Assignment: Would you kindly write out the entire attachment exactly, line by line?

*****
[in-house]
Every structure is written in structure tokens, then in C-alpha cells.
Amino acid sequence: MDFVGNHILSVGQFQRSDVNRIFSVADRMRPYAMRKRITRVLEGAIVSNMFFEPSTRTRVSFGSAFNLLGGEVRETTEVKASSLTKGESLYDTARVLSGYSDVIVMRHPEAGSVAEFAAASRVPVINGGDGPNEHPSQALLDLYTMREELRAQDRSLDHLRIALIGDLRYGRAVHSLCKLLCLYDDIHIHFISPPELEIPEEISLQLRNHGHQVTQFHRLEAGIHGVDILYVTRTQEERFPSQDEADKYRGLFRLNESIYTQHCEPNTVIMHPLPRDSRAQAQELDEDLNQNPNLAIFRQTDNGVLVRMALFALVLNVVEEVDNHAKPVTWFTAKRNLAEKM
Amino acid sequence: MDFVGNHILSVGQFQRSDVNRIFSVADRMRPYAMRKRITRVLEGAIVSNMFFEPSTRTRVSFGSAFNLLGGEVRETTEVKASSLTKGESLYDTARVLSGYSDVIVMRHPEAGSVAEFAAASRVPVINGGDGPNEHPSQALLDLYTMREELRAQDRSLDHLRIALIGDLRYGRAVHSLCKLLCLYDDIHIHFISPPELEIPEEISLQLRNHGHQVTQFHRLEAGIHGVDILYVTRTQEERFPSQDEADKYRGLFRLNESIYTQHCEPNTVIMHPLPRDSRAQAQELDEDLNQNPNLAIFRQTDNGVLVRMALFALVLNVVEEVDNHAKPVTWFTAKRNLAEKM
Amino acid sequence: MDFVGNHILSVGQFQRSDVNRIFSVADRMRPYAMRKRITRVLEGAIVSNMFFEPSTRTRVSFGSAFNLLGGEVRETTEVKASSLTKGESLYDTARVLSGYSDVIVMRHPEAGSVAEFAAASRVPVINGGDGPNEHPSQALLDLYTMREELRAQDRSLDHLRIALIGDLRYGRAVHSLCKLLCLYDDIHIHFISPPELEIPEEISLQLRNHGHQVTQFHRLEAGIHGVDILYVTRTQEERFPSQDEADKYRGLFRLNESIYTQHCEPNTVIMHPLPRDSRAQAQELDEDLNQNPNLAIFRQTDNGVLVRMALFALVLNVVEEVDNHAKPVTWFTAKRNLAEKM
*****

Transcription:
[in-house]
Every structure is written in structure tokens, then in C-alpha cells.
Amino acid sequence: MDFVGNHILSVGQFQRSDVNRIFSVADRMRPYAMRKRITRVLEGAIVSNMFFEPSTRTRVSFGSAFNLLGGEVRETTEVKASSLTKGESLYDTARVLSGYSDVIVMRHPEAGSVAEFAAASRVPVINGGDGPNEHPSQALLDLYTMREELRAQDRSLDHLRIALIGDLRYGRAVHSLCKLLCLYDDIHIHFISPPELEIPEEISLQLRNHGHQVTQFHRLEAGIHGVDILYVTRTQEERFPSQDEADKYRGLFRLNESIYTQHCEPNTVIMHPLPRDSRAQAQELDEDLNQNPNLAIFRQTDNGVLVRMALFALVLNVVEEVDNHAKPVTWFTAKRNLAEKM
Amino acid sequence: MDFVGNHILSVGQFQRSDVNRIFSVADRMRPYAMRKRITRVLEGAIVSNMFFEPSTRTRVSFGSAFNLLGGEVRETTEVKASSLTKGESLYDTARVLSGYSDVIVMRHPEAGSVAEFAAASRVPVINGGDGPNEHPSQALLDLYTMREELRAQDRSLDHLRIALIGDLRYGRAVHSLCKLLCLYDDIHIHFISPPELEIPEEISLQLRNHGHQVTQFHRLEAGIHGVDILYVTRTQEERFPSQDEADKYRGLFRLNESIYTQHCEPNTVIMHPLPRDSRAQAQELDEDLNQNPNLAIFRQTDNGVLVRMALFALVLNVVEEVDNHAKPVTWFTAKRNLAEKM
Amino acid sequence: MDFVGNHILSVGQFQRSDVNRIFSVADRMRPYAMRKRITRVLEGAIVSNMFFEPSTRTRVSFGSAFNLLGGEVRETTEVKASSLTKGESLYDTARVLSGYSDVIVMRHPEAGSVAEFAAASRVPVINGGDGPNEHPSQALLDLYTMREELRAQDRSLDHLRIALIGDLRYGRAVHSLCKLLCLYDDIHIHFISPPELEIPEEISLQLRNHGHQVTQFHRLEAGIHGVDILYVTRTQEERFPSQDEADKYRGLFRLNESIYTQHCEPNTVIMHPLPRDSRAQAQELDEDLNQNPNLAIFRQTDNGVLVRMALFALVLNVVEEVDNHAKPVTWFTAKRNLAEKM